Community-Building for All Students, All Year
By Diane Esolen Dougherty
Several years ago Time magazine devoted its cover story to the latest wunderkind educational reformer. It was an in-depth look at “state of the art” practices in education, particularly in teacher accountability. One anecdote from the article was telling, at least to me. The reformer was doing a walk-through in an elementary school in the district. After observing a teacher for several minutes (yes, I wrote minutes), her decision was made. “I’ve seen everything I need to see,” she said. Nothing of merit was happening in that third-grade classroom. The teacher was conducting a class meeting, and class meetings are not instructional. All class time was to be devoted solely to instruction.
What I found most disturbing about that incident is the absolute certainty about what constitutes instruction. Successful reading/writing classrooms, indeed successful classrooms period, are successful when everyone in the room knows they are in a safe place. When students and their teacher work together to learn, learning happens. Class meetings are about building community, and just as it takes a village to raise a child, it takes a community to produce a productive classroom.
Of course community-building activities should not be just fun and games, though I would argue that even fun and games can have a salubrious effect occasionally. Greeting students at the door every day, connecting with each child as s/he walks into the classroom, telling stories about yourself and your family during the course of the day—all of these actions are steps that begin the process of community building.
One can find hundreds of ideas for community building online, but the problem, as I see it, is that these are typically “beginning of the year” activities. Community building should occur throughout the year; they are not “once and done.” Students need to know what is expected of them in the classroom every day. They need to know our goals and aims for them and for ourselves. For secondary teachers, listing the class agenda on the board may set expectations and as such, become a community builder, especially when the teacher allows student input. In elementary classrooms, writer’s notebooks and journals may serve a similar purpose: teachers share their entries with students; students share their entries with a partner; students share their entries whole group.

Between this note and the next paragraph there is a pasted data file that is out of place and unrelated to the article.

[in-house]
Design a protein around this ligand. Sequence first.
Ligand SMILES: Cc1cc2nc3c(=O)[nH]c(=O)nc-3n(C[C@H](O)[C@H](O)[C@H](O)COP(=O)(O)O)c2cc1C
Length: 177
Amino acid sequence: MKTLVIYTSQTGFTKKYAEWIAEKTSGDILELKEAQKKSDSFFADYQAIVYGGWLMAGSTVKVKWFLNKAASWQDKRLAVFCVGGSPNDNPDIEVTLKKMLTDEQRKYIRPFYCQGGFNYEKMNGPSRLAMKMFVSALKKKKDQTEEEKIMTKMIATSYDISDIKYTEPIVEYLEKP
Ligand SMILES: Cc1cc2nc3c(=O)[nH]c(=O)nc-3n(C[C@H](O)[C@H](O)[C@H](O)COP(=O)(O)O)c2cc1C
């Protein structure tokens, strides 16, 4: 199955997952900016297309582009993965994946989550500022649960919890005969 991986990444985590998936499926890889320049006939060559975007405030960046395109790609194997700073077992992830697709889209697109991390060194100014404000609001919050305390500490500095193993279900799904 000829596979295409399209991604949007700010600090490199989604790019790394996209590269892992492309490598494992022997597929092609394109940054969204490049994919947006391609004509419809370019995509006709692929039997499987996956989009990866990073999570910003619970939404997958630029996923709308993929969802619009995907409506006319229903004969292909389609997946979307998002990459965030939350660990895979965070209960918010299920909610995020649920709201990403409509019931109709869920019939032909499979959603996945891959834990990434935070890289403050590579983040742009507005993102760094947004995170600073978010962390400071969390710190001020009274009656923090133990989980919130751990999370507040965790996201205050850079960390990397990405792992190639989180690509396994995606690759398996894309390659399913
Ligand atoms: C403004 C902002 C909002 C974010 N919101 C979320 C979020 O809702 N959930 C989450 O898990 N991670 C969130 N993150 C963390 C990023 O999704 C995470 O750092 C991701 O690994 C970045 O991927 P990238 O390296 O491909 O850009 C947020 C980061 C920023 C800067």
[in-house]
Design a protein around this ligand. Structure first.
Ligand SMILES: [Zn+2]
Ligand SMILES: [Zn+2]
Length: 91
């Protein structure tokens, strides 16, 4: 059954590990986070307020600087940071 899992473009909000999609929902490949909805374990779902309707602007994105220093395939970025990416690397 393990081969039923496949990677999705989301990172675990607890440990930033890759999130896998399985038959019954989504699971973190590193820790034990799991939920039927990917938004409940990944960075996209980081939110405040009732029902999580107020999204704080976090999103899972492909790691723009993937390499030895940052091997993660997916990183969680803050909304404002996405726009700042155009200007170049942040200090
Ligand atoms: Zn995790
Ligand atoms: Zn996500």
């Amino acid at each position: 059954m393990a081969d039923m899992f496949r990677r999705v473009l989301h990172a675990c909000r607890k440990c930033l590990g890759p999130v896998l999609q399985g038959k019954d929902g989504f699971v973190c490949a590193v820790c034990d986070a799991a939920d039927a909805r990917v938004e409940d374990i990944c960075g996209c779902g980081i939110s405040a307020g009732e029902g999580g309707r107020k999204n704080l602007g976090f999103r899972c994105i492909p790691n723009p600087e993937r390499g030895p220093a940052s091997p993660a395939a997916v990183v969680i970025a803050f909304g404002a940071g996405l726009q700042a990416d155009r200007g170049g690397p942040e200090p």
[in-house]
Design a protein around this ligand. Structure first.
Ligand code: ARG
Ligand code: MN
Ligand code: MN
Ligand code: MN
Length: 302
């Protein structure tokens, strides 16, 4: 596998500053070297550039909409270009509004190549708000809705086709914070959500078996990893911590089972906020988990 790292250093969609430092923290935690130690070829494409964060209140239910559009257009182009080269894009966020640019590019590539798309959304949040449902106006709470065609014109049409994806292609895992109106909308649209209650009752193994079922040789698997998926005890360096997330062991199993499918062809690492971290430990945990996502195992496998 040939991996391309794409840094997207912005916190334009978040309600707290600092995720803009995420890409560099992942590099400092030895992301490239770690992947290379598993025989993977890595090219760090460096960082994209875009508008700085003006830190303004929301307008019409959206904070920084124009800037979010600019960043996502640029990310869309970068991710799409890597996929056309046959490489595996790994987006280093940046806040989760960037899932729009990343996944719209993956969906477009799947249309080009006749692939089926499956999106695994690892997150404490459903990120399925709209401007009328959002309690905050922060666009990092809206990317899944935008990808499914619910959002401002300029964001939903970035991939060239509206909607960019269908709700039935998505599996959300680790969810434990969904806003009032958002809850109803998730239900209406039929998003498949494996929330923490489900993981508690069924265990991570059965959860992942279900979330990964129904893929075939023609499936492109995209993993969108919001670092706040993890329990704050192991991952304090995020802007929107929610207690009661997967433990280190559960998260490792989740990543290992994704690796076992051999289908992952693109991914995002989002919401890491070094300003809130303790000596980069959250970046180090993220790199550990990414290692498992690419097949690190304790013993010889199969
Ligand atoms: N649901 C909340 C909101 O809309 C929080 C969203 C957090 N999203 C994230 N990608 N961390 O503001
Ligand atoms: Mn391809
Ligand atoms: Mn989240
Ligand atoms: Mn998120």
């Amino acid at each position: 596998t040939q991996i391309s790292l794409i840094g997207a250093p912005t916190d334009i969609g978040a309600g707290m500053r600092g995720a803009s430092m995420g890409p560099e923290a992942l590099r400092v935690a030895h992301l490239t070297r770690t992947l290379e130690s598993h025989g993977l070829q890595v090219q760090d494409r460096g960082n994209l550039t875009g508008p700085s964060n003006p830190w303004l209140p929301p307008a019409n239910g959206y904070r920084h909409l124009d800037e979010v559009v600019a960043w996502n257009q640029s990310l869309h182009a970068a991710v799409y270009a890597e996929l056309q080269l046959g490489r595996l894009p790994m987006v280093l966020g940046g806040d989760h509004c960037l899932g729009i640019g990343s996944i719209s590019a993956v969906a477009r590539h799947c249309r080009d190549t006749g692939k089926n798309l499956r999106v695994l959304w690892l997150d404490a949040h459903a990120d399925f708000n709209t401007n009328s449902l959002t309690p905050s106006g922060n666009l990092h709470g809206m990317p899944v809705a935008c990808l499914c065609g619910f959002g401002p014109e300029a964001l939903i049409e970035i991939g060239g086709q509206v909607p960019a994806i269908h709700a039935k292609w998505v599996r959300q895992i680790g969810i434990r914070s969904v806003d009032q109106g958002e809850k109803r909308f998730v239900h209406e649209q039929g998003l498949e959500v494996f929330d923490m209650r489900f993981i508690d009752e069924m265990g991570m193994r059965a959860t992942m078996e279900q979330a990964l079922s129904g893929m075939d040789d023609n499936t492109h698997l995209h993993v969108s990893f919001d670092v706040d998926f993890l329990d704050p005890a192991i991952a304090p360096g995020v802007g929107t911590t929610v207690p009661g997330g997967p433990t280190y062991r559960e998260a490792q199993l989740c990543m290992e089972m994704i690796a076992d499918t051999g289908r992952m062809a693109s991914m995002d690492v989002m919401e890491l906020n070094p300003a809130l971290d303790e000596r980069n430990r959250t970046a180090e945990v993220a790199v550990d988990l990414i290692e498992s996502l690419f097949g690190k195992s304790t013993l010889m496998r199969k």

I took a page from Donald Graves and in my classroom I put a checkmark next to a student’s name when I discovered something about them that was not classroom related, for example, when I learned that Keshon got her driver’s license. I put a second checkmark next to Keshon when she was aware that I knew that about her. It was a way for me to get to know my students as more than faces in the room. I also discovered that classroom discipline became a non-issue fairly quickly. Students are fair-minded most of the time. By and large they respect teachers who take an interest in them. From this respect often comes effort, and isn’t effort what we want all of our students to show every day?
That wunderkind from Time? She’s no longer in Baltimore, but she is still around making speeches, writing books, and casting her pearls of wisdom for all of us. I just hope that she’s also discovered something about the art of teaching. It’s about instruction certainly, but it’s also about knowing who our students are and what they need in order to become their best learning selves. Community building is the way to achieve those lofty goals. Don’t neglect it.
Diane Esolen Dougherty is a retired high school English teacher and has coordinated courses for the PAWLP including both the Writing Institute and the Reading and Literature Institute. She is one of the PAWLP co-directors; her book Grammar Matters, written with Lynne Dorfman, is now available.